Pattaya doesn’t strike as an Ashtanga Yoga mecca given its reputation. Nevertheless, you can find a lovely little shala of Ashtanga Yoga Pattaya in the compounds of Mind Resort.
A Great Teacher and Lots of Space
It is not crowded here, more laid back and homey. No competitive elements shown. Everybody is quietly going on with their own practice. Of course big thanks goes to Steve who is the teacher here. You can read more about him here. Steve is an authorised level 1 teacher and he has got a lovely approach to teaching. He makes people feel comfortable and as an Englisman, obviously he is very polite. I have always left the shala feeling balanced and happy.
The small shala has got its advantages: you are able to get more guidance than in jam-packed classes and don’t have to worry about bumping into your neighbour eg. when doing chakrasana or other far-reaching asanas. Then again, come to think of it, sometimes the energy in densely populated classes can be very inspiring and motivating.
The prices are super affordable. Where else can you get one month unlimited for 2500 baht (approx. 64 euros or 75 USD)?! This is due to the generosity of Doctor Wiwat Lunjakornkul and Khun Chantana Lunjakornkul who are sponsoring the shala. I don’t know them personally but am very grateful for their good will.
A Mixture of Locals and Visitors
Because of my inquisitive nature, I just had to make a few questions to Steve about the practice and the shala. First of all, I was curious to know if there are any differences in how Westerns and Thais practice. Second, considering that Pattaya is a prime tourist destination I was wondering if tourists flock to the shala around high season. I have been practicing here only during low season and at the moment the crowd mainly consists of people who live in Pattaya, whether it be Thais or farangs. Steve replied to me that they have a nice number of visitors eg. from the UK, Norway, the US and Japan who practice for a week or so and keep coming back annually or bi-annually.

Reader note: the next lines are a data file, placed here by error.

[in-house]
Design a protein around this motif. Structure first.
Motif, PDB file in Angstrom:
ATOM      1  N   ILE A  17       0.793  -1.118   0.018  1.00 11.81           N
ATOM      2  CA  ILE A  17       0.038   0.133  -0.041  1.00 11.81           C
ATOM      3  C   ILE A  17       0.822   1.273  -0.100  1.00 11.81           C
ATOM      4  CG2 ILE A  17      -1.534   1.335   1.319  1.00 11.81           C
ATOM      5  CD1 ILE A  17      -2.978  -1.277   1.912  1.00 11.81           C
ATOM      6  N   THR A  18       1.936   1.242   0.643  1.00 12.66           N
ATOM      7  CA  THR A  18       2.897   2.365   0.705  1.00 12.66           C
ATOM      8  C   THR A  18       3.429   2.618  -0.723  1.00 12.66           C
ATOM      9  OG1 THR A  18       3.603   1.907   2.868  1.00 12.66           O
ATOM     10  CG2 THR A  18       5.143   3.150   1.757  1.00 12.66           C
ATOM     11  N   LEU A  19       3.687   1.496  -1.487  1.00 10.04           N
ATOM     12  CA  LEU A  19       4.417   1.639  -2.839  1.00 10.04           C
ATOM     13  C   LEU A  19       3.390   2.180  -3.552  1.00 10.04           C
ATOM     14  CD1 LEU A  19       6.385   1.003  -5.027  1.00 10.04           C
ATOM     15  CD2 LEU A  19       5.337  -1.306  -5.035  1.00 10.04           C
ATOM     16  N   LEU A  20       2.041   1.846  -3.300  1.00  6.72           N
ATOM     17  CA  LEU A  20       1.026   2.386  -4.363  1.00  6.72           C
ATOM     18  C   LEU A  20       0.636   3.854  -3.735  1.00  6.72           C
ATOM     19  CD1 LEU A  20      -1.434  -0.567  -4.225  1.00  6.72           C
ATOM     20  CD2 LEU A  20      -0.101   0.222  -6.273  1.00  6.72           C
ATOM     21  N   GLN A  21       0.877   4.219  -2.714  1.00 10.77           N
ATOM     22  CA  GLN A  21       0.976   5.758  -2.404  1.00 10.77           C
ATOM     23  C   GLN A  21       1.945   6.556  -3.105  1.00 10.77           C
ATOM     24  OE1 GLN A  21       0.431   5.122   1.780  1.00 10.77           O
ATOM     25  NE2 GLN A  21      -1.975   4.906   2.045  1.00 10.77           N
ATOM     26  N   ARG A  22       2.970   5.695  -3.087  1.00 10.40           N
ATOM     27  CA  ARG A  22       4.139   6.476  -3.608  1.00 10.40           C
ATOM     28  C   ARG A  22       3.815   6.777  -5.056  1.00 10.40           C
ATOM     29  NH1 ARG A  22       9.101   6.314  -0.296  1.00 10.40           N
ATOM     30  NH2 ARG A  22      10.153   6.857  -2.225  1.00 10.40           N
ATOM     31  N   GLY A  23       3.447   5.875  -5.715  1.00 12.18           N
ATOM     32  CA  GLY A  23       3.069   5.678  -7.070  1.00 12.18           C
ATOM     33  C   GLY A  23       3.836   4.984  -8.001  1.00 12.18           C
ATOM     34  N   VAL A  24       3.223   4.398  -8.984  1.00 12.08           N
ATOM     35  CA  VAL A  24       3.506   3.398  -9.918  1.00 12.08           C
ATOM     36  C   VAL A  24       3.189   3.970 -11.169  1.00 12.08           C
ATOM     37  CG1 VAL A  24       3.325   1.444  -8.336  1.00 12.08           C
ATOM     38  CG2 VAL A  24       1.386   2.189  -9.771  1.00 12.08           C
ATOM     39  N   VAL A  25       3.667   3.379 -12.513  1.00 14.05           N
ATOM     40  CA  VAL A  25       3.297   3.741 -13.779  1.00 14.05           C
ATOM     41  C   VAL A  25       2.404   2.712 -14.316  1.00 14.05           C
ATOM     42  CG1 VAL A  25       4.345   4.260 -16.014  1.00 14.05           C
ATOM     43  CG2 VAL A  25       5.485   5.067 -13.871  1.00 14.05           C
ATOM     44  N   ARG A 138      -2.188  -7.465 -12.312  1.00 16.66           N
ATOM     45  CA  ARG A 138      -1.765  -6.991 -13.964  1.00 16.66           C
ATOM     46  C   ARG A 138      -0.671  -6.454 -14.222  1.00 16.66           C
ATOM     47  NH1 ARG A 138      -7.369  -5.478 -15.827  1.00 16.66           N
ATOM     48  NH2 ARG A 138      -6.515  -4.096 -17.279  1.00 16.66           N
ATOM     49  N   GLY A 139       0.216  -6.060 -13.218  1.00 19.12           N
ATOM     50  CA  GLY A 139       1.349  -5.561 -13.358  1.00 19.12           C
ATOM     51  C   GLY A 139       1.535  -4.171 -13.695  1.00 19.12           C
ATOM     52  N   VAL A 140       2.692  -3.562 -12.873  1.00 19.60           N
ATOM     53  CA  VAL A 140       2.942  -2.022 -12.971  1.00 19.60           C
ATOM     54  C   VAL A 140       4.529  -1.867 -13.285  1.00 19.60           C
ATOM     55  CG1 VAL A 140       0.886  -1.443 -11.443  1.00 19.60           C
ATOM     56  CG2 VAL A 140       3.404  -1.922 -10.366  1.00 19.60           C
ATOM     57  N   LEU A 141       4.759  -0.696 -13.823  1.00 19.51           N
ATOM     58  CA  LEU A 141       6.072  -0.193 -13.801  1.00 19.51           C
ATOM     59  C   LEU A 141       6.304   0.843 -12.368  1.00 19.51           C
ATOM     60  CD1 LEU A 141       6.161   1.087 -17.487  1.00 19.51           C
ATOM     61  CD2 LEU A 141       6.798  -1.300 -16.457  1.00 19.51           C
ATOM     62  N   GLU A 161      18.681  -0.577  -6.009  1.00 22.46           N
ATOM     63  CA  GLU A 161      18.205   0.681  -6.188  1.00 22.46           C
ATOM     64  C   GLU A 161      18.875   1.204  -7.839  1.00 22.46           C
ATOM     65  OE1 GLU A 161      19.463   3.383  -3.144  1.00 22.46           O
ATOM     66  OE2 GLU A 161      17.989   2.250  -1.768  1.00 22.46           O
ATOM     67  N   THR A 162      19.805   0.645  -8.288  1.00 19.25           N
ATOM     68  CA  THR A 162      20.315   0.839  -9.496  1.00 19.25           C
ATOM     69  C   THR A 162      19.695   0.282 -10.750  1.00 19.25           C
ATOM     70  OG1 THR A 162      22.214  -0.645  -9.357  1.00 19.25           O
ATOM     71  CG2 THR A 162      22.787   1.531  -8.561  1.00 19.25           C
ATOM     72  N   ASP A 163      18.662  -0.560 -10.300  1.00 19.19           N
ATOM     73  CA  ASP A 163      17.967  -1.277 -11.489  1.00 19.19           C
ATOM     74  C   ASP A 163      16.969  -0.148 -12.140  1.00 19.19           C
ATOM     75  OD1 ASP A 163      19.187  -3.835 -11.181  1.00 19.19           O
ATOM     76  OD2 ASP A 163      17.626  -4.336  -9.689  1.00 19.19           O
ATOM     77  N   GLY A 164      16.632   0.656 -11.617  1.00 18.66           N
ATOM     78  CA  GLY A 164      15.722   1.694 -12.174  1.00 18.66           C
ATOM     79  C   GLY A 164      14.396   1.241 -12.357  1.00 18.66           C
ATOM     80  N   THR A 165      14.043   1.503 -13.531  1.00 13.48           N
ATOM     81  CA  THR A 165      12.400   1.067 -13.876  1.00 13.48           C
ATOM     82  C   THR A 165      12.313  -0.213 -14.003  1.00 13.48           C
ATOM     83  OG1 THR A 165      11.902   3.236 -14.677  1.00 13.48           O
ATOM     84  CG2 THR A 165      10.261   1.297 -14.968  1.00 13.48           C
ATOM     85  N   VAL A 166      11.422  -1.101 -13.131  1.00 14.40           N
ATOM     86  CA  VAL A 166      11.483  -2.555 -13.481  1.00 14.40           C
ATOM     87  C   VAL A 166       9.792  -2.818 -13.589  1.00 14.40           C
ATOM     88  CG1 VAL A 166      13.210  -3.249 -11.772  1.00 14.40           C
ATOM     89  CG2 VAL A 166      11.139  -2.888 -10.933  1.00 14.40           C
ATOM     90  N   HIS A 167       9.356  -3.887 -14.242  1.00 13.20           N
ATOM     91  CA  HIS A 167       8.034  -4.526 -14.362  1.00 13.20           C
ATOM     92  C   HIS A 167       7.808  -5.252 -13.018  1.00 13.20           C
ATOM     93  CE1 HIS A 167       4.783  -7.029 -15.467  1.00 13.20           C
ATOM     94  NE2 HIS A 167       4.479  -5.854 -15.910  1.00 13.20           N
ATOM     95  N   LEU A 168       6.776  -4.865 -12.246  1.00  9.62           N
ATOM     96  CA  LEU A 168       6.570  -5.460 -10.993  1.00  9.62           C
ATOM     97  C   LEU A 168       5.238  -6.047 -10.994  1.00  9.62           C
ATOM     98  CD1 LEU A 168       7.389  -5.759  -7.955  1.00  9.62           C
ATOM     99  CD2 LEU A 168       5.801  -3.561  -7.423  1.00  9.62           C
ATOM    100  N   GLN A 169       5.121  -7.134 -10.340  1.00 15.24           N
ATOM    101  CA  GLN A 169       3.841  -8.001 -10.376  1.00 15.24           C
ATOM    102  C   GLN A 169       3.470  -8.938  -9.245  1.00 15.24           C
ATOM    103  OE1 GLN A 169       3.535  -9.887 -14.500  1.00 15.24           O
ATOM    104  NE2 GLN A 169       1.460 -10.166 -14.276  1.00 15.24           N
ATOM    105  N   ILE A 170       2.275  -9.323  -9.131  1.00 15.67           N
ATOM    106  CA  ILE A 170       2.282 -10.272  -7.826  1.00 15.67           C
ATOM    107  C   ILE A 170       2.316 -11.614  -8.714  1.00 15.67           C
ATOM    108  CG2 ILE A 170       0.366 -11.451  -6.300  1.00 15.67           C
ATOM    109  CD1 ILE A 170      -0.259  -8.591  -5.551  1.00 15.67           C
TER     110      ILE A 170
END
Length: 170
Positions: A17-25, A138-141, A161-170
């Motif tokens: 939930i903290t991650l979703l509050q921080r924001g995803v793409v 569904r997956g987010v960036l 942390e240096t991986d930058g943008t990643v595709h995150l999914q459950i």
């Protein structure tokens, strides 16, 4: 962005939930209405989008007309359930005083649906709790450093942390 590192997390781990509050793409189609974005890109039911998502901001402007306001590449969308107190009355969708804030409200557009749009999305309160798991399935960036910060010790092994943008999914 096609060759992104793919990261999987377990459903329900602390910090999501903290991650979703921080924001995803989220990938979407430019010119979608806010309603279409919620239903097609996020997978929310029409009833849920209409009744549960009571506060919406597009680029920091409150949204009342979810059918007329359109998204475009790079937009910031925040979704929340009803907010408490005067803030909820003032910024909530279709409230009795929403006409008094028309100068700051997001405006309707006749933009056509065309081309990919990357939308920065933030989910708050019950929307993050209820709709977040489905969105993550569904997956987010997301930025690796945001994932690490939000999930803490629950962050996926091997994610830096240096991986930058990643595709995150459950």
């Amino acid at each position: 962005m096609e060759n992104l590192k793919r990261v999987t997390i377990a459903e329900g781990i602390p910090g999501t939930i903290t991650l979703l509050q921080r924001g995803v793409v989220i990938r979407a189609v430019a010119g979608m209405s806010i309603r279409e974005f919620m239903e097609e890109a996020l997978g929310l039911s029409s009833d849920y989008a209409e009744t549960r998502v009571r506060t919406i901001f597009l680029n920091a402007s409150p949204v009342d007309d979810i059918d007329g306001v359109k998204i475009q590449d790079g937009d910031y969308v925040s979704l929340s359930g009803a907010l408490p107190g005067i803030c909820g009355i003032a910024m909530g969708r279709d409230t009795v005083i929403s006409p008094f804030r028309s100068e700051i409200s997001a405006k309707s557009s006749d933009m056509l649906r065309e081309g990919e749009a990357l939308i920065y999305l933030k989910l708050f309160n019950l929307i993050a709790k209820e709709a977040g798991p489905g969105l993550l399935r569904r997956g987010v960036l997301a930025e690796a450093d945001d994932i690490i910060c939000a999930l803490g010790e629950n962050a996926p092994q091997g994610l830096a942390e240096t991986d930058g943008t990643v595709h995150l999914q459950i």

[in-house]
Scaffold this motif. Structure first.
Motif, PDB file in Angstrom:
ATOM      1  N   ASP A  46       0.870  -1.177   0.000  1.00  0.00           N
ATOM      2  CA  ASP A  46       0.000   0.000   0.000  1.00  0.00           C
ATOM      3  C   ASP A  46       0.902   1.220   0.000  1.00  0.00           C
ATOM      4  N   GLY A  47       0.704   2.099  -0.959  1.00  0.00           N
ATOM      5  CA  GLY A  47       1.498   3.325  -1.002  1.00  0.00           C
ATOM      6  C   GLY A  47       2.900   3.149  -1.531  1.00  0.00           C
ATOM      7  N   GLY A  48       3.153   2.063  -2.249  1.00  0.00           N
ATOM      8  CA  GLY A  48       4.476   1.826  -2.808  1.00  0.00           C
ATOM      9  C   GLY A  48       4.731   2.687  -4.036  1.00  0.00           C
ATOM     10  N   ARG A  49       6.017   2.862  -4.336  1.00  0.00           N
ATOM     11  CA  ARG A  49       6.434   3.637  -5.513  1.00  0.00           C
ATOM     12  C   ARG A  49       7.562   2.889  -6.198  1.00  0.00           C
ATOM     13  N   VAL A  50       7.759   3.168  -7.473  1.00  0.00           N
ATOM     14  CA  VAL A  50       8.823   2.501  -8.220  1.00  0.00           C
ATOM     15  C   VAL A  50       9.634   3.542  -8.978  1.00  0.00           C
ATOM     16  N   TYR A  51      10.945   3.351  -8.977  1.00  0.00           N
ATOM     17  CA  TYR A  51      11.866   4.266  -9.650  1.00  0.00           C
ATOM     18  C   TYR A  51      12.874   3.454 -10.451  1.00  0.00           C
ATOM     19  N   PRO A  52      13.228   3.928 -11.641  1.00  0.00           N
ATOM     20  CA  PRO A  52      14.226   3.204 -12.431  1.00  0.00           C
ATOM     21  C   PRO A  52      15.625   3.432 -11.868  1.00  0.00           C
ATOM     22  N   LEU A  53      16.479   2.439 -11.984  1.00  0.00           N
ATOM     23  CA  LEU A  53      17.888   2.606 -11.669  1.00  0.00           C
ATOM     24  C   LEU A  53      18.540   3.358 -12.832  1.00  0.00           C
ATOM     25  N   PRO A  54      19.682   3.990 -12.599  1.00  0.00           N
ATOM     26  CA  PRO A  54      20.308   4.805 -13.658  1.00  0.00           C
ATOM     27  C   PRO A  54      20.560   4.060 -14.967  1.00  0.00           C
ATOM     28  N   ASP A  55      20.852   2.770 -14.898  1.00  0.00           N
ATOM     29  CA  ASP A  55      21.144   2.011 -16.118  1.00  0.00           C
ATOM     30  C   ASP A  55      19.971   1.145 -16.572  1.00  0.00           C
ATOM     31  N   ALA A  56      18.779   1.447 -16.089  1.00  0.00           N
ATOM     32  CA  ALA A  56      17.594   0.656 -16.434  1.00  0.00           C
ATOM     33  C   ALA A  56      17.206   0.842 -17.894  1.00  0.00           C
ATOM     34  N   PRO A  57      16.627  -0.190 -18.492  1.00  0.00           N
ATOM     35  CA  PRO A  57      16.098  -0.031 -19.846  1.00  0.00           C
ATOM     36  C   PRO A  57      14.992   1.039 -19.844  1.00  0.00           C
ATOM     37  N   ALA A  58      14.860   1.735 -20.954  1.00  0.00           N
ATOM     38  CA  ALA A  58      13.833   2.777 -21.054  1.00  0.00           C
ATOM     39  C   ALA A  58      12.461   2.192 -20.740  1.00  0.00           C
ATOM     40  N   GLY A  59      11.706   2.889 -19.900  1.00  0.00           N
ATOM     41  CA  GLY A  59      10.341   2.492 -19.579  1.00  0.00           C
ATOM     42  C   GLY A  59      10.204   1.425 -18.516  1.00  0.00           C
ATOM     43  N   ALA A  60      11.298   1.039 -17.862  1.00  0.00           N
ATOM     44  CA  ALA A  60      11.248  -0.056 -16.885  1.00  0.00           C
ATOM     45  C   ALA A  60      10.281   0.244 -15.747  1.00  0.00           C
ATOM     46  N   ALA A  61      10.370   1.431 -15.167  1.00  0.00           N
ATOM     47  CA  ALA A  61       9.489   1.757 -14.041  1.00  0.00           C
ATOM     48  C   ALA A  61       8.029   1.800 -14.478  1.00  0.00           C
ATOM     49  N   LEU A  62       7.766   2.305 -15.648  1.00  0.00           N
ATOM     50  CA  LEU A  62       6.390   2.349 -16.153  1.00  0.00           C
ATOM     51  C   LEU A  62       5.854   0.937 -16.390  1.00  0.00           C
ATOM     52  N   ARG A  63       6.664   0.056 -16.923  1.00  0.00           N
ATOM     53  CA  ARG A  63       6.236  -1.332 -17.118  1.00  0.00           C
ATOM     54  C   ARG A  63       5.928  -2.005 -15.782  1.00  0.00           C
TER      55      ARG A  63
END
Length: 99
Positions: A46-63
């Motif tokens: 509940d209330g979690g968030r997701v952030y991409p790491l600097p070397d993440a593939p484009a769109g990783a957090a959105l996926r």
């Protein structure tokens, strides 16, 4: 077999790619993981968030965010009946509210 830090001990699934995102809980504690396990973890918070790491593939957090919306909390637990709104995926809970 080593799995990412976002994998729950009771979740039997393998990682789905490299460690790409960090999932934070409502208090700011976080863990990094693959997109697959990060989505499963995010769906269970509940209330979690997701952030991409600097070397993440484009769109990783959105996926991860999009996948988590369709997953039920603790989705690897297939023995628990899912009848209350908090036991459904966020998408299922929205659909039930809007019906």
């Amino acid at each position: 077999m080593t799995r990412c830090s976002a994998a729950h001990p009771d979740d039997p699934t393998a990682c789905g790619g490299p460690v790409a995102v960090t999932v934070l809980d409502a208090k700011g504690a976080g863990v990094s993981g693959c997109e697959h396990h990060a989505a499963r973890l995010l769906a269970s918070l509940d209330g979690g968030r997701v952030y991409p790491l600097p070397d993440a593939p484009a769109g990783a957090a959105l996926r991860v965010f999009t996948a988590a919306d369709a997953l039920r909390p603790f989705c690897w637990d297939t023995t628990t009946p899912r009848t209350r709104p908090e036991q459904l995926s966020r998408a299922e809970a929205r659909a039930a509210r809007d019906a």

Are There any Differences in the Practice between Thais and Farangs?
I have studied social anthropology and sociology so naturally I was interested in the differences and similarities in the practice between Thais and farangs. I bugged Steve to give me some answers to questions that I had been contemplating on. Steve pointed out that physically, it is easier for Thais to squat than us, Westerns. Makes sense, since Thais sit on floor quite often. Moreover, societal factors have a part to play: Thais work very long hours and it can be a challenge for them to find time for their practice. I completely symphatise with this because even I find it hard to find the time and I work 8-9 hours/day. Steve concluded that when it comes to age, older Thais seem to be more grounded and concentrated during their practice than the younger generation. Meditation is a big part of Buddhism and Thai culture so I’m guessing that this ability to be concentrated derives from there. In the end, Steve wanted to stress that we all are very much the same and Ashtanga practice brings the utmost benefit to all who are willing to go beyond the “occasional practice”. I think we can all agree on that.
This was my take on Ashtanga Yoga Pattaya. I can warmly recommend this place to anyone. If you want to read more about my recent practice in Thailand, perhaps you might want to view the post from Ashtanga yoga teacher training that I did on Koh Phangan.